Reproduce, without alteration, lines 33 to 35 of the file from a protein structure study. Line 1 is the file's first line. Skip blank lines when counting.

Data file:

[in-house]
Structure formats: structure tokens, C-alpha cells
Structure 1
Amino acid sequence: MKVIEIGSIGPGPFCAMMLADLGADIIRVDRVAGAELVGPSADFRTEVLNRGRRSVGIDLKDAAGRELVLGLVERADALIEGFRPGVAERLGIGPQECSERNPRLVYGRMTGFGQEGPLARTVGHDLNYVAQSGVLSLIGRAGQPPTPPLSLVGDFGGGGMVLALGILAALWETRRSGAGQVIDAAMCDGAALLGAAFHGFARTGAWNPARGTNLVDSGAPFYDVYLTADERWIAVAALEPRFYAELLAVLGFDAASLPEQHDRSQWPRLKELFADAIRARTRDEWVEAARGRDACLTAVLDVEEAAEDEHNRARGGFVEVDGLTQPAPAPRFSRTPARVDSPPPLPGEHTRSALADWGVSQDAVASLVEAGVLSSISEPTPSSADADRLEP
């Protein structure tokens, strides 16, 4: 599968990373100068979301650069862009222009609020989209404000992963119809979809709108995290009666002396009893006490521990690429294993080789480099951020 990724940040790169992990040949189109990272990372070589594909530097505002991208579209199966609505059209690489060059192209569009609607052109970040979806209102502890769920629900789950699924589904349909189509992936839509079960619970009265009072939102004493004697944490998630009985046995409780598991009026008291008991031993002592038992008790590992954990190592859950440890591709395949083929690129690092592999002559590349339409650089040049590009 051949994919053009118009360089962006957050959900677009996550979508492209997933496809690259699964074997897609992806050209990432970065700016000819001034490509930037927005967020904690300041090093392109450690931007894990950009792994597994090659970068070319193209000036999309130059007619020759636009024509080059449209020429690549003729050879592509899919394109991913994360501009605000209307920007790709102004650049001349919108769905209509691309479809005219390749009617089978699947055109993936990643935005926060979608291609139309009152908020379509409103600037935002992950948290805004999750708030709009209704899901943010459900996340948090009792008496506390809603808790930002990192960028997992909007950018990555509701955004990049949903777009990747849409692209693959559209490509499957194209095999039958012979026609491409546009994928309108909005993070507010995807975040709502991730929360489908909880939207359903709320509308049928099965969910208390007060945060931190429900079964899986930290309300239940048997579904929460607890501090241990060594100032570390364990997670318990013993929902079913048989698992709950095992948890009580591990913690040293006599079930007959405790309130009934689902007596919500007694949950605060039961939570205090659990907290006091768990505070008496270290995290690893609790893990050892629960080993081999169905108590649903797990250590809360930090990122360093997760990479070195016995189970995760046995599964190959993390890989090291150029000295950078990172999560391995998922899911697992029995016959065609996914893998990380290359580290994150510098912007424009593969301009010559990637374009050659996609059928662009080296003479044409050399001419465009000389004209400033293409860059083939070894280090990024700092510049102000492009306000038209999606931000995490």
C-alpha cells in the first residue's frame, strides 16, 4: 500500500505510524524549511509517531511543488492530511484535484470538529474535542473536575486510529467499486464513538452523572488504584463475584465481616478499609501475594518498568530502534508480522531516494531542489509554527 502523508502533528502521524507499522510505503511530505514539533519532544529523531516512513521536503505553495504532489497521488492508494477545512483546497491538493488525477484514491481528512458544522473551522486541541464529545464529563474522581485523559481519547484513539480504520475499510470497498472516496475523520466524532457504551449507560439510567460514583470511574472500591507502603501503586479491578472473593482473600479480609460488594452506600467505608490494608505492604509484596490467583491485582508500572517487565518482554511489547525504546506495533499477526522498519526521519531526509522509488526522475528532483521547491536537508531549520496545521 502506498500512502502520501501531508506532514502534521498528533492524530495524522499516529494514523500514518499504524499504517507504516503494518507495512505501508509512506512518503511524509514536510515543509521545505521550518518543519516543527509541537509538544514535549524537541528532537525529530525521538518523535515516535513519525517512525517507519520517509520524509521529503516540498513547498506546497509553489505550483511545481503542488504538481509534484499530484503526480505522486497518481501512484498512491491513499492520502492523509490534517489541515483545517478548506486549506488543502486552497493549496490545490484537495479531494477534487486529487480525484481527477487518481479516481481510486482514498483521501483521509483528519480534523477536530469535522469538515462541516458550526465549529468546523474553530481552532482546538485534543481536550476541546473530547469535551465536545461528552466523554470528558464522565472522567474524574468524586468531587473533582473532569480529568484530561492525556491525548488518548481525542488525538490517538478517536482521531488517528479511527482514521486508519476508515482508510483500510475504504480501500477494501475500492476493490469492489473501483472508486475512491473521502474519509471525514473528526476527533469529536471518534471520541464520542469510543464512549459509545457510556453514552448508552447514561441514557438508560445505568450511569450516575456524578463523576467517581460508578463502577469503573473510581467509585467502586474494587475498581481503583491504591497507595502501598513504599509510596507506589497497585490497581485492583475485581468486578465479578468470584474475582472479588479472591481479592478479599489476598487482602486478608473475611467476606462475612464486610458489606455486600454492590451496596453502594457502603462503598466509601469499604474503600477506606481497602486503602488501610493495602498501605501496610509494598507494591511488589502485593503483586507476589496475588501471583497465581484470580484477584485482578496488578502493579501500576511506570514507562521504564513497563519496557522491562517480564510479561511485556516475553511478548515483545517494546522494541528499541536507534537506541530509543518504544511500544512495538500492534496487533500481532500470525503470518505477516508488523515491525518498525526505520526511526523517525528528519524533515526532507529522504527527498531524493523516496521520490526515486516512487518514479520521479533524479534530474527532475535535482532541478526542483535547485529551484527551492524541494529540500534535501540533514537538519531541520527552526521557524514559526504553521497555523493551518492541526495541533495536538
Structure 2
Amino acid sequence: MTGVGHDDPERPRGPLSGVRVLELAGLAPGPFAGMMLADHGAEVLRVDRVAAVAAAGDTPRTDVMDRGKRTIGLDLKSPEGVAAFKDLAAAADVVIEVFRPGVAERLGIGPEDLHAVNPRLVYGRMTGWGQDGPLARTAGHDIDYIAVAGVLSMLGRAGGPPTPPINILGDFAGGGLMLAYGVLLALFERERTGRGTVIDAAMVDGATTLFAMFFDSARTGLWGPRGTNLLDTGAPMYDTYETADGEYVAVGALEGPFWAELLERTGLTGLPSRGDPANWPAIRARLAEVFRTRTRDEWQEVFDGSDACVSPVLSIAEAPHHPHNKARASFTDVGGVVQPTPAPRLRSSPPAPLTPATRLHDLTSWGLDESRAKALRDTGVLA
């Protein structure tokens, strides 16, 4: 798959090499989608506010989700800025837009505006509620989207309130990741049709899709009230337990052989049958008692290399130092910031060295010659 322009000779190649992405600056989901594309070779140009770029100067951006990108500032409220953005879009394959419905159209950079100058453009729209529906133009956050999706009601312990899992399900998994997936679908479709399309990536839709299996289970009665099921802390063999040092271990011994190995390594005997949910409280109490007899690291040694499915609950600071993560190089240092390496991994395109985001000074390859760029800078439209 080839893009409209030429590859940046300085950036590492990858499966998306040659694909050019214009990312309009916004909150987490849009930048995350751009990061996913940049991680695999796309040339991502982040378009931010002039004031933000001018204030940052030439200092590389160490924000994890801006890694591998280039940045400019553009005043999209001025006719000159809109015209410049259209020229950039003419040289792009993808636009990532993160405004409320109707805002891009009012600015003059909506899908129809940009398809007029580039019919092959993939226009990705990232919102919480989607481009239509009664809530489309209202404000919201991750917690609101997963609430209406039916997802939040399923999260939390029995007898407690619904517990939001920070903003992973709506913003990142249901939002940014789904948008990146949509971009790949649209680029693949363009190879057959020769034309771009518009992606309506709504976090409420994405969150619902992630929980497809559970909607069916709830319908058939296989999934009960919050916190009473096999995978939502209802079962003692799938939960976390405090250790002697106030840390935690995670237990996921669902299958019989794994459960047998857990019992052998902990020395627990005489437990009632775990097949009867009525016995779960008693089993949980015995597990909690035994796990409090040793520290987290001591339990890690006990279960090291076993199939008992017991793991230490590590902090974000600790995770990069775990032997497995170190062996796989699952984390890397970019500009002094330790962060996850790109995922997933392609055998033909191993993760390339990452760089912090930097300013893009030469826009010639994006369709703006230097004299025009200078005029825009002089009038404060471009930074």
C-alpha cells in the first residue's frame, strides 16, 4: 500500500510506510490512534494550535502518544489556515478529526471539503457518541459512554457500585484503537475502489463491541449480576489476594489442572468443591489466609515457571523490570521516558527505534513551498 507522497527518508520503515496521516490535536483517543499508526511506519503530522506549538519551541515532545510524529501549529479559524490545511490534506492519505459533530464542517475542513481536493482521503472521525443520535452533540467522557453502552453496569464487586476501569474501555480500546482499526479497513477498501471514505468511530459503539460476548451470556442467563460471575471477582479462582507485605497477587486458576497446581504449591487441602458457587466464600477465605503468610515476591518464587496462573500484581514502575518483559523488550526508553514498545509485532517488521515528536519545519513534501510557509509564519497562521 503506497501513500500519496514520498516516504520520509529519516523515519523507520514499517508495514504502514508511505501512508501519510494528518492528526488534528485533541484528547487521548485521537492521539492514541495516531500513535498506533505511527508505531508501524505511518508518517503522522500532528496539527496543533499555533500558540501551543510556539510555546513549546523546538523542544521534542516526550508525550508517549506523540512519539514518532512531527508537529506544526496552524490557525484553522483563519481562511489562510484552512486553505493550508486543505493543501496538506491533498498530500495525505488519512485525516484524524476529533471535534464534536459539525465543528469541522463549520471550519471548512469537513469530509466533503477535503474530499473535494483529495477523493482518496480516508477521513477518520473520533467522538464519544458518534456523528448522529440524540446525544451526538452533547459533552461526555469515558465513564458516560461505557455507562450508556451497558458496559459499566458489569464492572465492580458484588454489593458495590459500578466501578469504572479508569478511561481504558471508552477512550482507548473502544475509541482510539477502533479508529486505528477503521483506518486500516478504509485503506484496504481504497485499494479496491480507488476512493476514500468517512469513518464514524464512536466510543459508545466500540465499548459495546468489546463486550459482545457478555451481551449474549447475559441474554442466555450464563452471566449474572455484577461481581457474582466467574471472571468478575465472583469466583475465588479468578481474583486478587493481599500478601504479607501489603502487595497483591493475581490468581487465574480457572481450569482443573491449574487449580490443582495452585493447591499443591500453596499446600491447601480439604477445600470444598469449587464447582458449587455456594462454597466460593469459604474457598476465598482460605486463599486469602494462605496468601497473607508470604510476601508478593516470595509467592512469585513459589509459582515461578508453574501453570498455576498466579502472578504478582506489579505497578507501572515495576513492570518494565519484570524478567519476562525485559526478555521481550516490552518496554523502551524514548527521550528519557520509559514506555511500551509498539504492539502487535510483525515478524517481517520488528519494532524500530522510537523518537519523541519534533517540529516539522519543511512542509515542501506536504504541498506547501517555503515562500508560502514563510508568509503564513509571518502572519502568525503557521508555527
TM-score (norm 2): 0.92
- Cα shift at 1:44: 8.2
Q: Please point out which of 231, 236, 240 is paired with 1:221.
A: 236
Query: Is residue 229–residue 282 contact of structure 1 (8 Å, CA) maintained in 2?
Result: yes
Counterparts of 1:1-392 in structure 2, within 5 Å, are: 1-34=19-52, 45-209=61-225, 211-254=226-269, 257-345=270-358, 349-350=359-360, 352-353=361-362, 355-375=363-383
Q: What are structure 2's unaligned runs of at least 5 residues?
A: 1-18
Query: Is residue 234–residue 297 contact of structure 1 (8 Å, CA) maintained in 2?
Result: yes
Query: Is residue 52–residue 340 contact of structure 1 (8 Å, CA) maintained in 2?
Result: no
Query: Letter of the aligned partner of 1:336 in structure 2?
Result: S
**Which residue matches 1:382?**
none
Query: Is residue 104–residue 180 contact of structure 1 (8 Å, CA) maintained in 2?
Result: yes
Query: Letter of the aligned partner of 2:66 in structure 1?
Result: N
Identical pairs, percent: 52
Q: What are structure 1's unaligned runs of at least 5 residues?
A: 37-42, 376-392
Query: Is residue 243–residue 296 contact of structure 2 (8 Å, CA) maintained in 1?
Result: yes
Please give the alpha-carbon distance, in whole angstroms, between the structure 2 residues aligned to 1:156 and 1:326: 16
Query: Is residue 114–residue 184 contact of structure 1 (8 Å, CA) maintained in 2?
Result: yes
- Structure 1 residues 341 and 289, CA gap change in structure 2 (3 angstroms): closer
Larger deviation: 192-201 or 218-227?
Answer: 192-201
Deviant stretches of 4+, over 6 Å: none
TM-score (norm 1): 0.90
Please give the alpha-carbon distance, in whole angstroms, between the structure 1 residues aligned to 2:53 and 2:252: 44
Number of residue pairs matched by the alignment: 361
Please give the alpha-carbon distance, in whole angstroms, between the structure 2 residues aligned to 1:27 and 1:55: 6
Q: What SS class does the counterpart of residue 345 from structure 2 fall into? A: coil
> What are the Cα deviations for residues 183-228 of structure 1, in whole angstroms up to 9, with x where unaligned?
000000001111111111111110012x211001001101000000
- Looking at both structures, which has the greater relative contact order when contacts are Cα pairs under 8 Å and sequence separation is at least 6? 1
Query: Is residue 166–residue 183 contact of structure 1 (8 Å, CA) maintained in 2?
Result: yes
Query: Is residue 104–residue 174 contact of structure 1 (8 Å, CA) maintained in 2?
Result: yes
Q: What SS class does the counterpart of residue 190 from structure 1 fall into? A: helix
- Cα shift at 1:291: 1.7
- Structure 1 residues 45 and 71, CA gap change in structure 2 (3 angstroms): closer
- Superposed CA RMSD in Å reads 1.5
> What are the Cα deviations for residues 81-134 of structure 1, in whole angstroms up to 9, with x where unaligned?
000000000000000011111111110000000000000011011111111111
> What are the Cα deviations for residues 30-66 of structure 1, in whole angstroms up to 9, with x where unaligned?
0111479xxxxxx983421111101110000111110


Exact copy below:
Q: What are structure 1's unaligned runs of at least 5 residues?
A: 37-42, 376-392
Query: Is residue 243–residue 296 contact of structure 2 (8 Å, CA) maintained in 1?